I told the woman. She smiled and said: “Not on our airline you don’t.” Their system wouldn’t check us in without a visa. My friend had flown United. They had different rules. It was then I called our travel agent and learned one vital fact: she doesn’t answer her phone at 6.30 on a Sunday.
Our kids were playing happily, in sharp, sharp contrast to my wife. We were now asked to perform the shuffle of shame – moving out of the way of those passengers who weren’t completely losing it.
With time evaporating, the airline said we could get to Tokyo and try again, an idea best described as the “See If That Works” plan.
“What if we still can’t fly from there?” Stef said.
“JAPANESE HOLIDAY!!!” I shouted. This ignored the thousands I’d spent pre-booking things in the US, but it sounded upbeat. “Hey kids – Pokemon!” I said. They were still blissfully unaware of absolutely anything. What a life.
|So can someone please tell me what this was all|
about??? Australian Prime Minister John Howard
enjoys touching George W. Bush in 2001. A new
book from a former Prime Ministerial aide has
revealed Howard has not washed that hand since.
|As the bilateral relationship deepened, Bush|
bestowed upon Howard the Man of Steel award.
An emotional Howard then secured Bush's
signature on the BFF Treaty of 2004.
|There were slumber parties|
|"A can of Bud and some fries thanks son."|
|The PM wore his Man of Steel medal to bed|
every night until this tormented day in 2007,
when a disillusioned Bush stripped a weeping
Howard of the honour after realising he
wasn't "the Austrian guy". Australians have
required US visas ever since.
Finally there came an angel of God, dressed as an ANA employee, who said we could apply for visas online. I moved to kiss him on the mouth, but was blocked by my wife and an iPad.
The US Immigration site said visas would cost $14.00 each, which seemed cheap. I’d have paid $1400 at that point. Still there was much work to be done. I had to answer an array of questions which, in my panic, were suddenly baffling.
Was I suffering from the dreaded lymphogranuloma venereum? Perhaps I’d caught some of the granuloma inguinale that had been going round and didn’t know it?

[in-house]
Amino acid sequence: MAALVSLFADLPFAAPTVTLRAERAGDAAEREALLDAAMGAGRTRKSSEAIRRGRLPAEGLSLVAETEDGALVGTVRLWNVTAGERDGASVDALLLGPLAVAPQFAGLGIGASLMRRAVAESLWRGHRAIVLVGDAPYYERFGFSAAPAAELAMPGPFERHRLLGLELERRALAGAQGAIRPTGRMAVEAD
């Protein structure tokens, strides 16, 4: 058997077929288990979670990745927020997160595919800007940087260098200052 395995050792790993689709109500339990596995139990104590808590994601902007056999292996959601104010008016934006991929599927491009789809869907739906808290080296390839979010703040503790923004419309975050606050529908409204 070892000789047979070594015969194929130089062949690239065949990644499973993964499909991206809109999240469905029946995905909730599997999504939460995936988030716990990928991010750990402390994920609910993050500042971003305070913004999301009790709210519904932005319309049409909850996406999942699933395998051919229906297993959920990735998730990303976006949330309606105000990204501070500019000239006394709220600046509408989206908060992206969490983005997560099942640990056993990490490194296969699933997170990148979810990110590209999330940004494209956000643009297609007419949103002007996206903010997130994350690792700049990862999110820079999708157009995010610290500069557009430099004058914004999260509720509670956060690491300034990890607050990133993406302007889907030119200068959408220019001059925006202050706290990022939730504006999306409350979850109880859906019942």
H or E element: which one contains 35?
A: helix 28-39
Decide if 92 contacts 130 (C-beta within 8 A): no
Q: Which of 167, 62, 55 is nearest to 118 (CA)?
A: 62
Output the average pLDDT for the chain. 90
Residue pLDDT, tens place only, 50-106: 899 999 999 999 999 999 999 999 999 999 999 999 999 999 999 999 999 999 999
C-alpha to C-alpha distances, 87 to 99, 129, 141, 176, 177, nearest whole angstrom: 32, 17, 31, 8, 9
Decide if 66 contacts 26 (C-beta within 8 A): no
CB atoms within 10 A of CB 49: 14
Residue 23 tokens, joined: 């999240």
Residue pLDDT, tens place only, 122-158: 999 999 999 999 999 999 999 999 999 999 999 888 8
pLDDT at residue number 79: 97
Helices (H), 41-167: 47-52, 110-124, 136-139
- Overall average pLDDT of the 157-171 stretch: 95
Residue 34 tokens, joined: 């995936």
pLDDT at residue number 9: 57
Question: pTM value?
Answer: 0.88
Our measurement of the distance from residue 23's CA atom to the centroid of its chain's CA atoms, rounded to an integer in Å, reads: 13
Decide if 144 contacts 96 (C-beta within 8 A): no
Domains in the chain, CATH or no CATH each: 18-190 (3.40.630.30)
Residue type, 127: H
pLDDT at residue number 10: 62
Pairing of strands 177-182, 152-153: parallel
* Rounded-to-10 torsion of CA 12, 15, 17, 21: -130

Had I ever done any terrorism? Genocide? And what was I up to between 1933 and 1945? Anything Nazi? Had I ever committed moral turpitude? Surely I had. And what the hell was my middle name?
I opted to tick “no” to everything and answer questions later. I filled out the kids’ bits and my wife’s, then my heart sank again: I had to declare we all had electronic chip passports. In truth, that could have meant Stef staying behind, which may have been what she deserved with her dowdy old passport. Instead I ticked “Yes”. Surely I had now committed moral turpitude. I hit “send”, convinced the US government knew Stef’s passport was not micro-chipped. Worse, the site said our applications would be assessed “within 24 hours”. We had about that many minutes.
I consoled myself that this wasn’t all my fault, that our travel agent would be getting divorced too. It had been a fun ride but surely the game was up now. I lapsed into introspection, identifying how I'd gone wrong and what I would do differently next …
Triumph! I’d done it! I’d wriggled out of another debacle. And I’d tricked the all-seeing US government. Now that is heroism.
We raced back to the now deserted check-in. “Ah - we can check you in now,” the angel said. Oh the relief. It was worth going through that just to feel the relief. It was smiles all round as we …
“Oh wait,” the man said.
“WHAT NOW?!?!” I said.
“It’s letting us check all of you in …”
“… except one”.
The suspense was unbearable.
“Which one is … Evie?”
“The little one!” I screamed, as Evie looked up at the wrong moment. “We can’t leave her behind! She’s five!”
This was becoming a problem morning. We could all fly to Tokyo and re-apply there. “Would we leave her there by herself if she can’t get one?” her big sister asked. It sounded feasible.
With minutes left I went back online, where my wife noticed I had misspelled my own daughter’s name. Not the main one, just the middle name, which I hadn’t even wanted in the first place. (I do know how to spell it. This was a typo. Honest.)
We raced to immigration, rode the really slow skytrain, raced to the gate and – of all miracles – finally collapsed into our seats.
I wanted to cry. Instead I thought I should say something meaningful to my wife after what I’d put us through. Our eyes met, and it was then the words came to me:
“Well that sucked.”
*Jesus restoration pic from au.ibtimes.com. If you haven't caught up on the saga by now, google "Spanish fresco restoration"; Lego pic from Udronotto. "Beijing runway" image from New York magazine.